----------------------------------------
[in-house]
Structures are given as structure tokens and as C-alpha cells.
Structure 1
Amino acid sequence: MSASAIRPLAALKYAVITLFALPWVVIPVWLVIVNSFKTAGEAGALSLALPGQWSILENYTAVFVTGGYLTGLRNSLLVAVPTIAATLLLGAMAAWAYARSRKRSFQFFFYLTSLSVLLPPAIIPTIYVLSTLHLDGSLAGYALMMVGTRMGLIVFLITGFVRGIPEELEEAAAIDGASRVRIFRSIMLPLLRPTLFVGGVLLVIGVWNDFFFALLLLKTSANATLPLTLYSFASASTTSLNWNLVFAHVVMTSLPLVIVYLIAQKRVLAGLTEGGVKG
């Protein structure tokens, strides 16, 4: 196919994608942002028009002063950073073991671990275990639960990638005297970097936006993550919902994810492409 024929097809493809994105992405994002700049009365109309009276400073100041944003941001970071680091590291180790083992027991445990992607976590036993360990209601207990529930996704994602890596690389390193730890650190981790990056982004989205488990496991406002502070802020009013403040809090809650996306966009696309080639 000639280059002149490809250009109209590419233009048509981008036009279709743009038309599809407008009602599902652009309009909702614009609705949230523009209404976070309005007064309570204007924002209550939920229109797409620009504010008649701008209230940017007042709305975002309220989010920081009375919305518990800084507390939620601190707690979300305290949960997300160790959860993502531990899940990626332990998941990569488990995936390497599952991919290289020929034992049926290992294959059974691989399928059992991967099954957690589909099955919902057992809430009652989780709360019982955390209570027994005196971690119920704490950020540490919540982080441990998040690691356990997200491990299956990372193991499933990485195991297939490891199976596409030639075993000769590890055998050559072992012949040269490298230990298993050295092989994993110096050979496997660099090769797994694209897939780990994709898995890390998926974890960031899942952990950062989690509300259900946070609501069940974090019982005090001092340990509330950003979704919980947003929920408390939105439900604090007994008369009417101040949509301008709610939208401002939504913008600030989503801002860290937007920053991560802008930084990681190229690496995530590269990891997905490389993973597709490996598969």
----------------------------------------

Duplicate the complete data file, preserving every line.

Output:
[in-house]
Structures are given as structure tokens and as C-alpha cells.
Structure 1
Amino acid sequence: MSASAIRPLAALKYAVITLFALPWVVIPVWLVIVNSFKTAGEAGALSLALPGQWSILENYTAVFVTGGYLTGLRNSLLVAVPTIAATLLLGAMAAWAYARSRKRSFQFFFYLTSLSVLLPPAIIPTIYVLSTLHLDGSLAGYALMMVGTRMGLIVFLITGFVRGIPEELEEAAAIDGASRVRIFRSIMLPLLRPTLFVGGVLLVIGVWNDFFFALLLLKTSANATLPLTLYSFASASTTSLNWNLVFAHVVMTSLPLVIVYLIAQKRVLAGLTEGGVKG
């Protein structure tokens, strides 16, 4: 196919994608942002028009002063950073073991671990275990639960990638005297970097936006993550919902994810492409 024929097809493809994105992405994002700049009365109309009276400073100041944003941001970071680091590291180790083992027991445990992607976590036993360990209601207990529930996704994602890596690389390193730890650190981790990056982004989205488990496991406002502070802020009013403040809090809650996306966009696309080639 000639280059002149490809250009109209590419233009048509981008036009279709743009038309599809407008009602599902652009309009909702614009609705949230523009209404976070309005007064309570204007924002209550939920229109797409620009504010008649701008209230940017007042709305975002309220989010920081009375919305518990800084507390939620601190707690979300305290949960997300160790959860993502531990899940990626332990998941990569488990995936390497599952991919290289020929034992049926290992294959059974691989399928059992991967099954957690589909099955919902057992809430009652989780709360019982955390209570027994005196971690119920704490950020540490919540982080441990998040690691356990997200491990299956990372193991499933990485195991297939490891199976596409030639075993000769590890055998050559072992012949040269490298230990298993050295092989994993110096050979496997660099090769797994694209897939780990994709898995890390998926974890960031899942952990950062989690509300259900946070609501069940974090019982005090001092340990509330950003979704919980947003929920408390939105439900604090007994008369009417101040949509301008709610939208401002939504913008600030989503801002860290937007920053991560802008930084990681190229690496995530590269990891997905490389993973597709490996598969």